Growing fiber network delivers reliable internet to rural areas

All West Communications continues expanding its broadband service throughout northern Utah

All West Communications continues expanding its broadband service throughout northern Utah


When the pandemic hit in 2020 and children began virtual learning, All West Communications reached out to local schools for a list of students who didn’t have internet service at home. The company provided free internet service to more than 300 families to help students in need finish out the school year. All West’s commitment to providing a superior broadband experience doesn’t stop there. All West Communications is expanding its fiber internet service throughout the region, solidifying its position as a family-owned telecommunications company that’s devoted to the communities it serves.

“Technology changes the way we do everything, from business to the way our kids are learning to the way we look for information or consume entertainment,” said Matt Weller, President for Kamas-based All West Communications. “We think people should have access to technology no matter where they live.”


COVID-19 has given many American workers the flexibility to work remotely, the need for widespread fiber-optic infrastructure that powers broadband has never been greater. Rather than see essential community members head toward urban centers for better connectivity, All West wants to bring connectivity to places where people already live and want to be.

“These communities are our neighbors, it is where our employees live and raise their families and we want to keep them thriving for generations to come,” Weller said.

In Summit and Wasatch Counties, the growth is happening so fast that current infrastructure won’t be able to keep up. All West has focused its fiber expansion to areas such as Jordanelle, around Park City, the Heber Valley, Coalville, Kamas and other growing communities.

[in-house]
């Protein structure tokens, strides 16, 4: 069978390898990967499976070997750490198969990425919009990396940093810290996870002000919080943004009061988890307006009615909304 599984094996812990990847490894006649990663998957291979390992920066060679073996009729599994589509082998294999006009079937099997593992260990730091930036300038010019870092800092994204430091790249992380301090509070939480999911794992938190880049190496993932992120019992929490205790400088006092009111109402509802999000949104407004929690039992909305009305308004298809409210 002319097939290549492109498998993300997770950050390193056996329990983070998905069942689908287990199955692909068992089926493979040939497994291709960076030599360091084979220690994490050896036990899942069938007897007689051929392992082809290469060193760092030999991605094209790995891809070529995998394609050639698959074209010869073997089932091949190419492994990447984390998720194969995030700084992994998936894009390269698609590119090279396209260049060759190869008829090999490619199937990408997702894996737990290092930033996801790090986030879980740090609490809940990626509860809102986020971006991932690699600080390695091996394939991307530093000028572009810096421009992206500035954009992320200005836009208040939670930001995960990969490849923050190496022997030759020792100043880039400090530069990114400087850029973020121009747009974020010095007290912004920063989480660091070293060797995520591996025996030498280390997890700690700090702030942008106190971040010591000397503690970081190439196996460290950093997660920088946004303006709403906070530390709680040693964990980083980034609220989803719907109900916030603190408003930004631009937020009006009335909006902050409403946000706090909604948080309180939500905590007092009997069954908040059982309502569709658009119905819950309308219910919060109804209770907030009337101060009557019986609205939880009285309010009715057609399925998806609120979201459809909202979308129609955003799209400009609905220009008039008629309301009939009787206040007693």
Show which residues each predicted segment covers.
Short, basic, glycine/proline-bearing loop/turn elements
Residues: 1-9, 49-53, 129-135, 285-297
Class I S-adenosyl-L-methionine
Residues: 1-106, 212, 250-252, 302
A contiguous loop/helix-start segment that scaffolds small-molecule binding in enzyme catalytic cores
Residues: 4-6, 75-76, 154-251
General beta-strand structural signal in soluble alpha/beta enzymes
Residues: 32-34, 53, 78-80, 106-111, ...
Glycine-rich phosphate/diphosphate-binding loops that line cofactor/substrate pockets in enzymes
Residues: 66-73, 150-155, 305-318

Fiber-optic broadband internet is the most reliable internet technology available today. While many rural residents can go with satellite internet as an option, there are too many reliability issues, Weller said.

All West Communications has a better backbone, which equates to more bandwidth
with greater redundancy, ensuring the network is stable. “With this we also have the capacity to support how much the area is growing. With fiber, you have symmetrical speeds, meaning upload and download speeds are equal. And, you’re not sharing your line with anyone else, which happens with satellite internet, making speeds during peak times of usage unreliable,” he added. “With fiber, you won’t see that, and we can provide it at a more reasonable price with higher speeds.”


All West’s 100 Mbps fiber plan is just $59.95 per month, compared to an average cost of $90 to $100 for satellite internet with slower speeds and iffy reliability.

As long as All West Communications’ fiber passes your home, connecting is easy. Weller said the install process is typically a couple of hours.

“We consider our service more of a white-glove approach, from the beginning when you call us or sign up online, we’re here to help you understand what you need,” he said. That includes helping customers determine the appropriate speeds for their households.

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